If there is a serious and major mistake in the police report or crash report, then you should contact the officer who wrote it and point it out. If it is a serious or major mistake, the officer should issue a supplemental report correcting it. If the officer is not responsive to your efforts to contact him or her or does not act, then you should ask for that officer’s supervising sergeant. You should then notify the sergeant of the issue and any lack of communication from the officer.
It is best if you send these communications in writing so you have a clear record of your efforts and any failures by the officer or law enforcement agency to respond. Request email addresses for the officer and sergeant. Once you have the email addresses, send your communications by email to both. This provides a direct line of communication. It eliminates an excuse from the officer or sergeant that they did not receive your message. When you send letters by regular mail, there is the potential for this excuse or the possibility that the mailing is lost or wrongly routed at the police department or law enforcement agency.
Below is an email sent by Scottsdale Injury Lawyers, LLC on behalf of an injured client who was the victim of a hit and run accident. It shows how we worked to create a record documenting the failures of the officer and the importance of him doing his job. It also shows how we copied the sergeant so he would know what his officer was doing or failing to do.
Can I Recover for My Injuries if the Police Report Finds Me At Fault?
Typically, you can not recover for your injuries if you are found at fault for causing a car accident. There are exceptions to this general rule. For example, if you are an employee who is working at the time of the car accident, you can recover through the Worker’s Compensation system. If you have a Medical Payments (“MedPay”) policy on your own automobile insurance, you may be able to recover the costs of your medical expenses. However, if you are found at fault, you will not be able to recover from the other driver or the other driver’s insurance company.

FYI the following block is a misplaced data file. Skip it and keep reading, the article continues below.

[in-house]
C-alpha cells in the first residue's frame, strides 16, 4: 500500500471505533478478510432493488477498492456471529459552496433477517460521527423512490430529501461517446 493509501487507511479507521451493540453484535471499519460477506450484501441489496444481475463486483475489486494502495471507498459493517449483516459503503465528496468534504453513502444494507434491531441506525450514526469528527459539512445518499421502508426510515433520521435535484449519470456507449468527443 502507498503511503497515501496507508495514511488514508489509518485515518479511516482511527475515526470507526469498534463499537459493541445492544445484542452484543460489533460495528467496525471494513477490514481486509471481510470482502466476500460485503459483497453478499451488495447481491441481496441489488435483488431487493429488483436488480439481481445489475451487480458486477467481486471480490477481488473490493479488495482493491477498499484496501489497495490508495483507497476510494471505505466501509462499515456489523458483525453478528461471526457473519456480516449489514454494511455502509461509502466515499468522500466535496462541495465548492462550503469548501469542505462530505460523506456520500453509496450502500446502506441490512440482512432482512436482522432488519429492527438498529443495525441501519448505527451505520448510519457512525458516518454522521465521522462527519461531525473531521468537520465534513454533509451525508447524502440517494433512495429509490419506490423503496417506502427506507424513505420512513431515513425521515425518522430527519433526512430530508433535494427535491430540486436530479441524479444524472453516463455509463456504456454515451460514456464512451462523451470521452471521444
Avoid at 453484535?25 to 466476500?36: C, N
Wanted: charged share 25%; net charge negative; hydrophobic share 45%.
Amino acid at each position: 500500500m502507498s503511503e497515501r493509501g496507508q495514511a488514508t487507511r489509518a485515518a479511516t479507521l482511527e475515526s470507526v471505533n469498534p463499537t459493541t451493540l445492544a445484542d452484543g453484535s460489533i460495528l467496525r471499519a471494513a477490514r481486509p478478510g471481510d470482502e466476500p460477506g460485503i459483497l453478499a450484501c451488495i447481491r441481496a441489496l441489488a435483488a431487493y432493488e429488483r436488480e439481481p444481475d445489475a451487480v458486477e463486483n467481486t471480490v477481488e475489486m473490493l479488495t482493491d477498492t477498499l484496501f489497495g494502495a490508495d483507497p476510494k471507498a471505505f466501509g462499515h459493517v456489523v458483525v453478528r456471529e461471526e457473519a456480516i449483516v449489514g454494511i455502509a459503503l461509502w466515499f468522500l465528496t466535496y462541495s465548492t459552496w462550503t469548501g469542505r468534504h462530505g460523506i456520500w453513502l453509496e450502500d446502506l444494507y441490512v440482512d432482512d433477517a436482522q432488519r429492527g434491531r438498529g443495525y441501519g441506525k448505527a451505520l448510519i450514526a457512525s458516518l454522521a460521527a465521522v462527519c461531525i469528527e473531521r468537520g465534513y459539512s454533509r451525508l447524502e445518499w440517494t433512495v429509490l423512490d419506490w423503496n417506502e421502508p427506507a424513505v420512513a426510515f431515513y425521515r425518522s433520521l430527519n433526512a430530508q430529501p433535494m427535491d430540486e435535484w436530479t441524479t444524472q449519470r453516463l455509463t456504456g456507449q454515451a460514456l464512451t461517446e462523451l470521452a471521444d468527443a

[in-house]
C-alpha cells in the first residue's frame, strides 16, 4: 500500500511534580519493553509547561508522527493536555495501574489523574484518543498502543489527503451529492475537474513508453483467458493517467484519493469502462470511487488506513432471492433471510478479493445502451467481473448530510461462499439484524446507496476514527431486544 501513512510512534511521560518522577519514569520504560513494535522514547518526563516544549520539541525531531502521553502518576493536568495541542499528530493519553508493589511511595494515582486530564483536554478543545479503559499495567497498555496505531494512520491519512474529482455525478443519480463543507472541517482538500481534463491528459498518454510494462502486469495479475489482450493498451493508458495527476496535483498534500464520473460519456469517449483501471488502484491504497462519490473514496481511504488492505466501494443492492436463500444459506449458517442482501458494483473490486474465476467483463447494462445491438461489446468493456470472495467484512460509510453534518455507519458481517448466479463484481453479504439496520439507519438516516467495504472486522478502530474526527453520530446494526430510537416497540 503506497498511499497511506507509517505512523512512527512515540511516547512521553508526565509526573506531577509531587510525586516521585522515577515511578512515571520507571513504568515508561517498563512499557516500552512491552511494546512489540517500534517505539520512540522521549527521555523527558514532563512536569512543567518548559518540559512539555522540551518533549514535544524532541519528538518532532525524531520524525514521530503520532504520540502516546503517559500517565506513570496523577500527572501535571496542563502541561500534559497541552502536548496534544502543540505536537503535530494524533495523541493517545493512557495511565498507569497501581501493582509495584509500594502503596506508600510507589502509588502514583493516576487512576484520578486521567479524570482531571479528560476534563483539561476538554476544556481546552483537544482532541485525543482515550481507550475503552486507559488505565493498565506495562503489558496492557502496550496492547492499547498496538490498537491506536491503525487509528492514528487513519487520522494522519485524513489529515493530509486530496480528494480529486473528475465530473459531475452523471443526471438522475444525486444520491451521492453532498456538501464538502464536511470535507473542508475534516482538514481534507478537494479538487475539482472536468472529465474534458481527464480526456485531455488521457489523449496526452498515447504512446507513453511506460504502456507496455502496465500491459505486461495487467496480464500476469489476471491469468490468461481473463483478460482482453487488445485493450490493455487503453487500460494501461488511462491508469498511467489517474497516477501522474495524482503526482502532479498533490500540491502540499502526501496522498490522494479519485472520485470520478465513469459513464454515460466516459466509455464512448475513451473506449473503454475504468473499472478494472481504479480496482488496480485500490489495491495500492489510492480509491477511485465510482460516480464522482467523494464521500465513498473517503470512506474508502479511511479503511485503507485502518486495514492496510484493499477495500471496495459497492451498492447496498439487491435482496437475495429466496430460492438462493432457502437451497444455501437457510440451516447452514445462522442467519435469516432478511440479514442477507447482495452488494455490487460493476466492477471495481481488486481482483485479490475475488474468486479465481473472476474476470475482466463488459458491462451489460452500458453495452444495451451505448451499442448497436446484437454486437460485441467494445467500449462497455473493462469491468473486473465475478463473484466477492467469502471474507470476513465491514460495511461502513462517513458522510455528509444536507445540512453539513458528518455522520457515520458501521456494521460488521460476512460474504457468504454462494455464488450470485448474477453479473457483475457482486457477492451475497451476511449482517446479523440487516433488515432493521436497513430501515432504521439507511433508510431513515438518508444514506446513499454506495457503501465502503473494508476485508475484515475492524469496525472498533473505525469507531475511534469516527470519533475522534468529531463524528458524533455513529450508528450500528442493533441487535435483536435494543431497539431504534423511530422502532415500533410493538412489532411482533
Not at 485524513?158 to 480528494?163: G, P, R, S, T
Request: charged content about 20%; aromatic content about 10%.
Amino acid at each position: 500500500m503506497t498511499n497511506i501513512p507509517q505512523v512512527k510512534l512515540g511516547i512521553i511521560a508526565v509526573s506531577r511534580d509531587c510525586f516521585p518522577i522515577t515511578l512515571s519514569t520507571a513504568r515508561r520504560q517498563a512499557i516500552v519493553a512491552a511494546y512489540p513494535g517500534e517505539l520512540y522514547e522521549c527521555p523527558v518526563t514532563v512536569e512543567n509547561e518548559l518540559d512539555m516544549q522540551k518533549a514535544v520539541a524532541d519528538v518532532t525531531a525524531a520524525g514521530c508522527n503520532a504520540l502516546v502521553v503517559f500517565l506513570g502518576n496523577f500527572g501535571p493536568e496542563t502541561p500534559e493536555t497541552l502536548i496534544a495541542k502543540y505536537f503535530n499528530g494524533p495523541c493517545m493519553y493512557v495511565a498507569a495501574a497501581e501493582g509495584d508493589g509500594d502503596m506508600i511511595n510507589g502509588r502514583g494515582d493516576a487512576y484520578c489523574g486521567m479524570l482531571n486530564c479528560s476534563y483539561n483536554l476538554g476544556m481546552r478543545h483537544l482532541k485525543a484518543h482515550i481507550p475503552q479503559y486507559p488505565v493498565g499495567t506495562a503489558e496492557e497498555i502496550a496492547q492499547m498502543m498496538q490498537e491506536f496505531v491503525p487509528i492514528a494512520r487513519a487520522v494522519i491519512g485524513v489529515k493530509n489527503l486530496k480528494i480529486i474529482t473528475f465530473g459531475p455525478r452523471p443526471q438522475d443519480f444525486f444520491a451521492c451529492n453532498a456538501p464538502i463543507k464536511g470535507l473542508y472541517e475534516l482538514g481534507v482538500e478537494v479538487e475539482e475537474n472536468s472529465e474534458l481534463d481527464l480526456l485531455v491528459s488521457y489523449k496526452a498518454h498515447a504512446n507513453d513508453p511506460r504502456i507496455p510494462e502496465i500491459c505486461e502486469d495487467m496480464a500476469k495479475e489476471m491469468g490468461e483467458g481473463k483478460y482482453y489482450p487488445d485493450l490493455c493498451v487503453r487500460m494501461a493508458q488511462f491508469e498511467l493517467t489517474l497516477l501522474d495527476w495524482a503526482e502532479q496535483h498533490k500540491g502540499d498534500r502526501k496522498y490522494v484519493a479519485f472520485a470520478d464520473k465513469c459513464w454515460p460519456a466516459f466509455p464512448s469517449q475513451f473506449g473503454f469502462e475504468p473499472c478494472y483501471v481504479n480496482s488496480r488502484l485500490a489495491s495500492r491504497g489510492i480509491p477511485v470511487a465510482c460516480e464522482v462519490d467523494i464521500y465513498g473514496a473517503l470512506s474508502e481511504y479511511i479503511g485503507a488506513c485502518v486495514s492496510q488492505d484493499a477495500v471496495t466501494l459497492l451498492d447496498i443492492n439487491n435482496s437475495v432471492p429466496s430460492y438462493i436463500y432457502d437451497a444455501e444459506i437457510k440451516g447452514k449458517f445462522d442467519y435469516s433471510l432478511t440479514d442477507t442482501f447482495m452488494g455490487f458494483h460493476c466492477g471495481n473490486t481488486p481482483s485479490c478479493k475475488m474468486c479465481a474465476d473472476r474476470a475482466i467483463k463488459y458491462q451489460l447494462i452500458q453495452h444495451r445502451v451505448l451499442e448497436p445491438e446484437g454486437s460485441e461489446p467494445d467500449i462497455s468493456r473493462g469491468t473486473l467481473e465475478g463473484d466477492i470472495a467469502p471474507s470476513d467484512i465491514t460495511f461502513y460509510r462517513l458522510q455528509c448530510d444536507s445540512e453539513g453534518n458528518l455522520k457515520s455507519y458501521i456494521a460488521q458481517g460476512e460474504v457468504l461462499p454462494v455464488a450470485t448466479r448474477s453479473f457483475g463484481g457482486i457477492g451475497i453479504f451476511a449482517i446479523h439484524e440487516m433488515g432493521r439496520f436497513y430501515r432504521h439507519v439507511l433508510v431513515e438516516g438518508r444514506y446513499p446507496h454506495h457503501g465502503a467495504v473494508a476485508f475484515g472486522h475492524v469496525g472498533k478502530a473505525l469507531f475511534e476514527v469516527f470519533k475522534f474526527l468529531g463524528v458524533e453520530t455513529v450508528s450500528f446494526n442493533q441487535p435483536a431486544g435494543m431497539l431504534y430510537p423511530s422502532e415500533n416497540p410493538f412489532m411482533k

If you were wrongly found at fault for causing a car accident, there may still be ways to prove what really happened. Most modern vehicles contain electronic data recorders. These recorders can be thought of as the equivalent of “black boxes” on airplanes. These systems record important information regarding the vehicles just prior to and during the impact of a significant crash. These recorders can record and have data on everything from miles per hour, RPMs, braking times, seatbelt engagement, air bag deployment and other vehicle system functioning that could help you prove your case.